The Virginia Standards of Learning include shadows in the kindergarten science curriculum.  In kindergarten students are expected to learn that shadows occur by blocking light.  Shadows can be fun to learn about and play with.  Here are some great resources I found to help students learn about shadows!



Nothing Sticks Like a Shadow written by Ann Tompert, illustrated by Lynn Munsinger

This is a fun book for children to read!  Woodchuck bets Rabbit his hat that Rabbit will not be able to escape his shadow.  Rabbit spends all day trying to get away, but has no luck.  It is not until night falls and the moon moves behind a cloud that Rabbits shadow disappears and he wins the bet!


Shadows and Relections written and illustrated by Tana Hoban

Tana Hoban uses a series of photographs to allow children to explore shadows and reflections.  The beautiful photographs will provoke both discussion and questions from young children.


What Makes a Shadow? written by Clyde Roberta Bulla, illustrated by June Otani

This book is part of the Lets-Read-and-Find-Out series by Harper Collins.  It is written for kindergarten aged children, so it is right on their comprehension level.   What Makes a Shadow? teaches children how shadows are made and even goes into an explanation of night and day.


Guess Whose Shadow? written by Stephen R. Swinburne

Stephen Swilburnes’ book of photographs show children that everything has a shadow.  The book invites children to guess what made the shadow, with the answer given on the next page!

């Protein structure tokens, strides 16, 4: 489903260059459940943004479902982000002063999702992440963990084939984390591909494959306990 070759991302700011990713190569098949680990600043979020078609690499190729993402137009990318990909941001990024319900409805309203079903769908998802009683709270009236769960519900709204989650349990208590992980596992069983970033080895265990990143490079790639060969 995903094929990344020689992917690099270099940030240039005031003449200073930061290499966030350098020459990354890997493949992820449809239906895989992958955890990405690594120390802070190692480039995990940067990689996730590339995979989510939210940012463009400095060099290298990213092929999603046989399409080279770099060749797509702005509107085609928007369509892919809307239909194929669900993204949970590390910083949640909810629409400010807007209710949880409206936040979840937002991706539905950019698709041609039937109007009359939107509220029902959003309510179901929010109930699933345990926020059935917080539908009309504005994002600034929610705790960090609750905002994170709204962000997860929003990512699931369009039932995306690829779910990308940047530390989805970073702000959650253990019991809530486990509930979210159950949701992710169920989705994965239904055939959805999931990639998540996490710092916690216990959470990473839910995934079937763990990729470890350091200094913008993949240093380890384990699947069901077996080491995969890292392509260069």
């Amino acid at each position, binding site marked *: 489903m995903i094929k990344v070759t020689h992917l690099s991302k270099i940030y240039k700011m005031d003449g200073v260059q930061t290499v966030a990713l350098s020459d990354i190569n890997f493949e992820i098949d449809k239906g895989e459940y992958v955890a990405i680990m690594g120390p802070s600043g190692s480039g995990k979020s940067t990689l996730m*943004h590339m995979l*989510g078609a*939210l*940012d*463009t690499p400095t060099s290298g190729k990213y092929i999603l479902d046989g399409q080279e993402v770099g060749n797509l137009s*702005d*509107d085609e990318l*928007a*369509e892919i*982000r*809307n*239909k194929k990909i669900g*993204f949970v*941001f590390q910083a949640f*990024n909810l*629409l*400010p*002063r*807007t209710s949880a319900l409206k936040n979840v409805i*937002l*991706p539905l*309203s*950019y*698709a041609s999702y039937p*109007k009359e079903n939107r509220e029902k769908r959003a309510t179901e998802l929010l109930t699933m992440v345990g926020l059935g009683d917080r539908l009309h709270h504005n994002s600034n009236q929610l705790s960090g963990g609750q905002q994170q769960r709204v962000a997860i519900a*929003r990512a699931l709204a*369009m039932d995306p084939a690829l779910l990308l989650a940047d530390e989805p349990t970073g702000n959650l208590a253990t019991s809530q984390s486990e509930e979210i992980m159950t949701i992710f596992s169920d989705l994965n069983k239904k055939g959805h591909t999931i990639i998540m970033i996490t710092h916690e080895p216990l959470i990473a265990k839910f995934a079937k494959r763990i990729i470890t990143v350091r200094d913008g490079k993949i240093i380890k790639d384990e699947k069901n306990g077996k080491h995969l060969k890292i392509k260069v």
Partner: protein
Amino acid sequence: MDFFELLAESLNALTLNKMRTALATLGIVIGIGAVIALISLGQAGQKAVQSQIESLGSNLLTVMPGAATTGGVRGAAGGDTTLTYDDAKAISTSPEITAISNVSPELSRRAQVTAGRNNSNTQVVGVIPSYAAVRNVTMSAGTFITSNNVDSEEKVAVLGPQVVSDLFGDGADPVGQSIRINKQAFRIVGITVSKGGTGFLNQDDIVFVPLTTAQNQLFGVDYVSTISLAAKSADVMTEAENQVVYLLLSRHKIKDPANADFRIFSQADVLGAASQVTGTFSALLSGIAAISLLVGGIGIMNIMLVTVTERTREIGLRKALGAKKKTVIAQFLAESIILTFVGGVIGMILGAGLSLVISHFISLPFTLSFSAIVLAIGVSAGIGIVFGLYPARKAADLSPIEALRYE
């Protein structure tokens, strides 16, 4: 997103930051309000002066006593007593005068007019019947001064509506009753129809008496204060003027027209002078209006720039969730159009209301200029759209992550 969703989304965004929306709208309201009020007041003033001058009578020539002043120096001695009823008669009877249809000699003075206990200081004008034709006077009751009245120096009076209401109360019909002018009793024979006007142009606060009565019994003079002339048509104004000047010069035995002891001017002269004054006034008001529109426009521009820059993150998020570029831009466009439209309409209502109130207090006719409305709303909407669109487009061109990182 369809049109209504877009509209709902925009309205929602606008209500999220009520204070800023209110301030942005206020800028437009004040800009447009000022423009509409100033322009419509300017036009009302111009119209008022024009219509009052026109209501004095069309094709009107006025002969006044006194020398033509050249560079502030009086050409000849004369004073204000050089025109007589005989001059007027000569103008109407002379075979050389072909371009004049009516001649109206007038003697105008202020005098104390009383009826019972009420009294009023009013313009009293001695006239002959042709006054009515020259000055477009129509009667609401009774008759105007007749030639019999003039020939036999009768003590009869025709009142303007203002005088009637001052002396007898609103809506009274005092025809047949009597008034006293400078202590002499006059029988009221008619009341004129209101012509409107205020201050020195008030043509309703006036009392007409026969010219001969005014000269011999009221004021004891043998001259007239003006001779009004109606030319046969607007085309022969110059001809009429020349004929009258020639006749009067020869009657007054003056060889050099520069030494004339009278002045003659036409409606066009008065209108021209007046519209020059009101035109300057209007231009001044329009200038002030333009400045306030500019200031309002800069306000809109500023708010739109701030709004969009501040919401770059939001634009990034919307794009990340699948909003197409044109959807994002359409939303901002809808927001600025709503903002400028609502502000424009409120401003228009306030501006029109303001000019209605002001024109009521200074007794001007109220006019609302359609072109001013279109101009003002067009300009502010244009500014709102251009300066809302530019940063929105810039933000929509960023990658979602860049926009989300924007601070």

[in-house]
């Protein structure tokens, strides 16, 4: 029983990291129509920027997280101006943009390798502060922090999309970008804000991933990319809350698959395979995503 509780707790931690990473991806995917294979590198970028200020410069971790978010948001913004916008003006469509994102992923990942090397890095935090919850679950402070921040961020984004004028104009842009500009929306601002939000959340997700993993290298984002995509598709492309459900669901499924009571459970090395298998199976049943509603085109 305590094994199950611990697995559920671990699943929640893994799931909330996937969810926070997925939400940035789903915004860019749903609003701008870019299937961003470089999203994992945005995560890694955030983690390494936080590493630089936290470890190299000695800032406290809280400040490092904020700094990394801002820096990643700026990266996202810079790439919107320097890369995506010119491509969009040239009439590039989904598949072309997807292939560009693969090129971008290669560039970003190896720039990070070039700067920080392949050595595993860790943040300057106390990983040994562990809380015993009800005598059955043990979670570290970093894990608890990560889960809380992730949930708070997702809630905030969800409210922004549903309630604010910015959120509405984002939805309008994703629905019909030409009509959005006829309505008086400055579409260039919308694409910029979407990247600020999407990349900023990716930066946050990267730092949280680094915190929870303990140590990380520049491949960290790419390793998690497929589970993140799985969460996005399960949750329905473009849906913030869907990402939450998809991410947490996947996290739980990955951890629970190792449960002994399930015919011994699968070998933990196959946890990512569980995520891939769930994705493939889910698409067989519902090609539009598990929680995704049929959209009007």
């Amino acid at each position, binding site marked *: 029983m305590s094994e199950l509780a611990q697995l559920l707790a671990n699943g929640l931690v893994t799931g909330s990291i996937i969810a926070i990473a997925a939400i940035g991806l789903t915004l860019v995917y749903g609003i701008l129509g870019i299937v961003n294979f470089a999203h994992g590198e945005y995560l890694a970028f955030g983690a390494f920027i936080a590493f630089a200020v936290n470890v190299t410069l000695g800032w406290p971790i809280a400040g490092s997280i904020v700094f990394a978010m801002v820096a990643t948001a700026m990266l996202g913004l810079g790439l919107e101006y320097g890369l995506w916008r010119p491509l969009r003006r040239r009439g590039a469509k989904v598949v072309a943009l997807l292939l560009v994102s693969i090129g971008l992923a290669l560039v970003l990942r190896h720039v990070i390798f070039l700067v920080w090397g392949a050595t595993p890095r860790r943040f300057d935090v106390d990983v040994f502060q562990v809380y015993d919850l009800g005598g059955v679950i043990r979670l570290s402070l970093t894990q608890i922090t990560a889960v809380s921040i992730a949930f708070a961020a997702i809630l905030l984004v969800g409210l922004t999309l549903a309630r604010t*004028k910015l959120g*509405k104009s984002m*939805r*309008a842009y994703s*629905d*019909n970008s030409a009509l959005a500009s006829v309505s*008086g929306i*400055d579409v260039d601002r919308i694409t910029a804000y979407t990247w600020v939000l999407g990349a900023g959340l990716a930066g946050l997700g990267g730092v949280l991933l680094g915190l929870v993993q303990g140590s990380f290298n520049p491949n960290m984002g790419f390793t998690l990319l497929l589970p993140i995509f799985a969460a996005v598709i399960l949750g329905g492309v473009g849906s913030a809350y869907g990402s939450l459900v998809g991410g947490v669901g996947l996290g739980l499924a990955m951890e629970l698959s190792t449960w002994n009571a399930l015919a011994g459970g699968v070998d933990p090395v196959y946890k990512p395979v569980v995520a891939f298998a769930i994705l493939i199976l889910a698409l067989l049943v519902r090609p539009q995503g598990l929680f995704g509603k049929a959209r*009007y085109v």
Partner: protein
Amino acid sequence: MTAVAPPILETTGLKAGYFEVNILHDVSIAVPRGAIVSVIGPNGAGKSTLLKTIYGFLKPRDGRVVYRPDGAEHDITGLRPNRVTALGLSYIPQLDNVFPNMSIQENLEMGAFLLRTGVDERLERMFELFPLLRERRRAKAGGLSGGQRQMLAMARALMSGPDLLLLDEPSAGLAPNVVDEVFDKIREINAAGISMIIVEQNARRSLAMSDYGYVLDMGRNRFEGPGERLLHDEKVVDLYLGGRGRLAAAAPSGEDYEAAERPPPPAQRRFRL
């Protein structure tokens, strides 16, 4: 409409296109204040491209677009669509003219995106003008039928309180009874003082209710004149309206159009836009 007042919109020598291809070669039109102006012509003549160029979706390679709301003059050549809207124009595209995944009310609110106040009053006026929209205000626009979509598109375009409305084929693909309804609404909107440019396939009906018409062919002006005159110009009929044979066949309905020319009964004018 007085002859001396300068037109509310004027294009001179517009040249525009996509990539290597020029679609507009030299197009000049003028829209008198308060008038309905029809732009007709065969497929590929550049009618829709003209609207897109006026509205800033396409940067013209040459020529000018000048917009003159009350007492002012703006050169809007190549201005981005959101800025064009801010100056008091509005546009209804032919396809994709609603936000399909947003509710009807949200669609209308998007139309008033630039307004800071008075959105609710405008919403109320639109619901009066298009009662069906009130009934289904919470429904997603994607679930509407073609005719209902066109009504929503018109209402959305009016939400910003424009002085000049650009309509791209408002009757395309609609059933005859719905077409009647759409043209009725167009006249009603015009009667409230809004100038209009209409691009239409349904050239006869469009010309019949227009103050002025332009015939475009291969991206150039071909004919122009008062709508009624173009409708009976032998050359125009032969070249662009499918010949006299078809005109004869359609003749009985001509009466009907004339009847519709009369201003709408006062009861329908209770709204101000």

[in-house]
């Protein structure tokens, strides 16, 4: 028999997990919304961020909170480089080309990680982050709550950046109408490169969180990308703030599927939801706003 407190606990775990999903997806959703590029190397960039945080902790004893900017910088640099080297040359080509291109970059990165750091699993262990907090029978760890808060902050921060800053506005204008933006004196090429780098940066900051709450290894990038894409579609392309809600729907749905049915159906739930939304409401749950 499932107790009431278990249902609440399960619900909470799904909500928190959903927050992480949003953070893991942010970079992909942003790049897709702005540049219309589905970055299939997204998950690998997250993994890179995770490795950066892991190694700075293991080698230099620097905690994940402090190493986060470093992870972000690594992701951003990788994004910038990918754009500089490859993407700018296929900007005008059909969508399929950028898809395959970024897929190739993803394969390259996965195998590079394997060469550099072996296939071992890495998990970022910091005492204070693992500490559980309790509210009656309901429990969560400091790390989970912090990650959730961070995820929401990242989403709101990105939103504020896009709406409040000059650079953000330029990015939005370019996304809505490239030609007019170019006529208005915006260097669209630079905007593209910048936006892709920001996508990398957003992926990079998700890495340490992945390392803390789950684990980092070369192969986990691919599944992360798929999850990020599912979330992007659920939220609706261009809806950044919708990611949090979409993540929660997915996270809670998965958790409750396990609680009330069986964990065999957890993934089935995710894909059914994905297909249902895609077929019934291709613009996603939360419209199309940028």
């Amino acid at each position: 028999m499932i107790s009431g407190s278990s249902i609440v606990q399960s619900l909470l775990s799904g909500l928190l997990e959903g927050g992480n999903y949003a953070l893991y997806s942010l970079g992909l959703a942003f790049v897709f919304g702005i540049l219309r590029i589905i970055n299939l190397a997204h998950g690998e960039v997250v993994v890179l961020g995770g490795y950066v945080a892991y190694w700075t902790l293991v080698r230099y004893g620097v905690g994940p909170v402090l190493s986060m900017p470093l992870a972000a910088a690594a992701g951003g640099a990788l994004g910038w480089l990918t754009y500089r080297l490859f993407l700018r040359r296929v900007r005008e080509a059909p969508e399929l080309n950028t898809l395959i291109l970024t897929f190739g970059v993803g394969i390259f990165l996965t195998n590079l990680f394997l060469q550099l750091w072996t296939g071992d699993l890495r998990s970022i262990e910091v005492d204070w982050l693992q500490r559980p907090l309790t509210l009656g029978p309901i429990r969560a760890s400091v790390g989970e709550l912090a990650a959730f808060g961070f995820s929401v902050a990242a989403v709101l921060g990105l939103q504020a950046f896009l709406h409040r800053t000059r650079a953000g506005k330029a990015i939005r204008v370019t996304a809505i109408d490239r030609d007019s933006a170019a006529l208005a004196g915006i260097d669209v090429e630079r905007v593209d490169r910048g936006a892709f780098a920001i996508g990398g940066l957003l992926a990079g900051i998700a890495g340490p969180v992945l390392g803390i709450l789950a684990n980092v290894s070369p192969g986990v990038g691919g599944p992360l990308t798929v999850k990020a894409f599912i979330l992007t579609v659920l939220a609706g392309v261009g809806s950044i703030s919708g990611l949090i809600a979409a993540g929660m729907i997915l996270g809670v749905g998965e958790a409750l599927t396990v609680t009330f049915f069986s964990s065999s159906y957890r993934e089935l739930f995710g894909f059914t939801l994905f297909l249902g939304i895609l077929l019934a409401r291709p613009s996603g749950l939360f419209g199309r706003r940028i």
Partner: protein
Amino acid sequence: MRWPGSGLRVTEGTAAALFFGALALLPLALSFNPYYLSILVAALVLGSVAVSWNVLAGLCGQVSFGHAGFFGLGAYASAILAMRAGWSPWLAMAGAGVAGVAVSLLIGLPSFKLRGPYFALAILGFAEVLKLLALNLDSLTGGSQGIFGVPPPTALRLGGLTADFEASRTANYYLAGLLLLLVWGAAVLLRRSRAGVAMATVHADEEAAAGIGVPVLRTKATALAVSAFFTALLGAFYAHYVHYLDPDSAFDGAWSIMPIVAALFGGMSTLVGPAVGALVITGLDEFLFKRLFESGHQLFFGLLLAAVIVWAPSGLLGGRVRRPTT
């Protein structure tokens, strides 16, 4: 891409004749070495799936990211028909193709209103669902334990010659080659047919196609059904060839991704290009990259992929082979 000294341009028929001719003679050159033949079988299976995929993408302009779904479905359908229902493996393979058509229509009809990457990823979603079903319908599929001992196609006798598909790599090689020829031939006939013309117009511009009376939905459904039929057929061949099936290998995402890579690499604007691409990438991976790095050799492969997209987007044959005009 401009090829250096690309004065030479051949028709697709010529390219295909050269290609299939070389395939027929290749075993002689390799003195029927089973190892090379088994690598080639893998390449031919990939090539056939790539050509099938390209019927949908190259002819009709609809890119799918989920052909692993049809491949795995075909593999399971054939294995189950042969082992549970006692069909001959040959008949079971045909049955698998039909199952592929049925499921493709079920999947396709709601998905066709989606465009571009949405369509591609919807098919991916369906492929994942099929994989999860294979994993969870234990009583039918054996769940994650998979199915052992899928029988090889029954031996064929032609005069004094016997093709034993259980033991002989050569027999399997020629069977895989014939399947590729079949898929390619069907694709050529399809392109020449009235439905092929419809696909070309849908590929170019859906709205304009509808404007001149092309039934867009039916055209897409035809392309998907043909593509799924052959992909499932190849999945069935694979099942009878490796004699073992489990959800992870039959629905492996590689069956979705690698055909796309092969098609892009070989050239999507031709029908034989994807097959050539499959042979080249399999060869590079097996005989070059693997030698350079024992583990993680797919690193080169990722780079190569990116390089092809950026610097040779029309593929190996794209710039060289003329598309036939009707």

Light: Shadows, Mirrors, and Rainbows  written by Natalie M. Rosinsky, illustrated by Sheree Boyd

This book is part of the Amazing Science series by Picture Window Books.  This is written as a science concept book, but it is written clearly and concisely on the kindergarten level.  This book not only discusses shadows but light as a whole, making it a great addition to any units on light.

Interactive Student Resources

  • Tigger’s Shadow Shapes– Match objects to their shadows!
  • Blue’s Clues’ Shadows— Help Blue figure out what the shadow belongs to!
  • My Shadow— An interactive ebook of Robert Louis Stevenson’s poem, “My Shadow”
  • Shadows— A simple shadow interactive to help children understand how light can effect a shadows size.
  • Sun, Light, and Shadows— This game allows children to experiment with light to make shadows bigger or smaller, sharper or dimmer, or change the location of the shadow, all by altering the light source!

Additional Resources

  • Hand Shadow Puppets— Great shadow puppets to teach to your class!